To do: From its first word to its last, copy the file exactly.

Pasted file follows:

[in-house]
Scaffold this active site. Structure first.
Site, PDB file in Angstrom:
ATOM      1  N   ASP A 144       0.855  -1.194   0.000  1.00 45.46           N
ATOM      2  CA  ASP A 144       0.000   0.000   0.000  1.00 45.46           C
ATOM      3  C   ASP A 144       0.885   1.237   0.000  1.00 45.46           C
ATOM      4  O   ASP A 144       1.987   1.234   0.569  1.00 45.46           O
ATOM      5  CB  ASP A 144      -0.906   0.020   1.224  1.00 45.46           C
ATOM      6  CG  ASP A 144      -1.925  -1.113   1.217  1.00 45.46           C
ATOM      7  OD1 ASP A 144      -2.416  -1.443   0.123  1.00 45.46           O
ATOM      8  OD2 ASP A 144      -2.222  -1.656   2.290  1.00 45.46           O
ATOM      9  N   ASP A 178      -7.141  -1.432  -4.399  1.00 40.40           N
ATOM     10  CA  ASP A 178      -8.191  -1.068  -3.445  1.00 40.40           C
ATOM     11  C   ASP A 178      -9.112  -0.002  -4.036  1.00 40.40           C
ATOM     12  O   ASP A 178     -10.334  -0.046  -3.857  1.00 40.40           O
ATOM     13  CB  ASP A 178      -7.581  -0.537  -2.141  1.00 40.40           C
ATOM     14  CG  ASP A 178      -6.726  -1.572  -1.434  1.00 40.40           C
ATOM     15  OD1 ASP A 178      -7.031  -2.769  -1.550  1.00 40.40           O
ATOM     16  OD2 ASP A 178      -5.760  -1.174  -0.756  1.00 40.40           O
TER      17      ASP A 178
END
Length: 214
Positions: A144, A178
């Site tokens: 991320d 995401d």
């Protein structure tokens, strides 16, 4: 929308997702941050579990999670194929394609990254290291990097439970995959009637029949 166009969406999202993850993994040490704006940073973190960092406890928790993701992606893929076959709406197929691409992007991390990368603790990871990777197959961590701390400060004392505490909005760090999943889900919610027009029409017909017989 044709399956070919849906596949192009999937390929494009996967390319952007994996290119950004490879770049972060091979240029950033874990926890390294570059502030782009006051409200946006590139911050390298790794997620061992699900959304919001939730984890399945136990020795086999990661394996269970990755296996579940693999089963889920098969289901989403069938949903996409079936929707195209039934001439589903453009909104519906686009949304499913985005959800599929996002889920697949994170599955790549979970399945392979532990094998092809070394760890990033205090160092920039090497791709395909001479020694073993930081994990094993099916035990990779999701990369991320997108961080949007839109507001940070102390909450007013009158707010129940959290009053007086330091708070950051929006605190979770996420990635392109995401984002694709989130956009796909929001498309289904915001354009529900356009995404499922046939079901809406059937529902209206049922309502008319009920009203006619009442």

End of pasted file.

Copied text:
[in-house]
Scaffold this active site. Structure first.
Site, PDB file in Angstrom:
ATOM      1  N   ASP A 144       0.855  -1.194   0.000  1.00 45.46           N
ATOM      2  CA  ASP A 144       0.000   0.000   0.000  1.00 45.46           C
ATOM      3  C   ASP A 144       0.885   1.237   0.000  1.00 45.46           C
ATOM      4  O   ASP A 144       1.987   1.234   0.569  1.00 45.46           O
ATOM      5  CB  ASP A 144      -0.906   0.020   1.224  1.00 45.46           C
ATOM      6  CG  ASP A 144      -1.925  -1.113   1.217  1.00 45.46           C
ATOM      7  OD1 ASP A 144      -2.416  -1.443   0.123  1.00 45.46           O
ATOM      8  OD2 ASP A 144      -2.222  -1.656   2.290  1.00 45.46           O
ATOM      9  N   ASP A 178      -7.141  -1.432  -4.399  1.00 40.40           N
ATOM     10  CA  ASP A 178      -8.191  -1.068  -3.445  1.00 40.40           C
ATOM     11  C   ASP A 178      -9.112  -0.002  -4.036  1.00 40.40           C
ATOM     12  O   ASP A 178     -10.334  -0.046  -3.857  1.00 40.40           O
ATOM     13  CB  ASP A 178      -7.581  -0.537  -2.141  1.00 40.40           C
ATOM     14  CG  ASP A 178      -6.726  -1.572  -1.434  1.00 40.40           C
ATOM     15  OD1 ASP A 178      -7.031  -2.769  -1.550  1.00 40.40           O
ATOM     16  OD2 ASP A 178      -5.760  -1.174  -0.756  1.00 40.40           O
TER      17      ASP A 178
END
Length: 214
Positions: A144, A178
């Site tokens: 991320d 995401d």
């Protein structure tokens, strides 16, 4: 929308997702941050579990999670194929394609990254290291990097439970995959009637029949 166009969406999202993850993994040490704006940073973190960092406890928790993701992606893929076959709406197929691409992007991390990368603790990871990777197959961590701390400060004392505490909005760090999943889900919610027009029409017909017989 044709399956070919849906596949192009999937390929494009996967390319952007994996290119950004490879770049972060091979240029950033874990926890390294570059502030782009006051409200946006590139911050390298790794997620061992699900959304919001939730984890399945136990020795086999990661394996269970990755296996579940693999089963889920098969289901989403069938949903996409079936929707195209039934001439589903453009909104519906686009949304499913985005959800599929996002889920697949994170599955790549979970399945392979532990094998092809070394760890990033205090160092920039090497791709395909001479020694073993930081994990094993099916035990990779999701990369991320997108961080949007839109507001940070102390909450007013009158707010129940959290009053007086330091708070950051929006605190979770996420990635392109995401984002694709989130956009796909929001498309289904915001354009529900356009995404499922046939079901809406059937529902209206049922309502008319009920009203006619009442």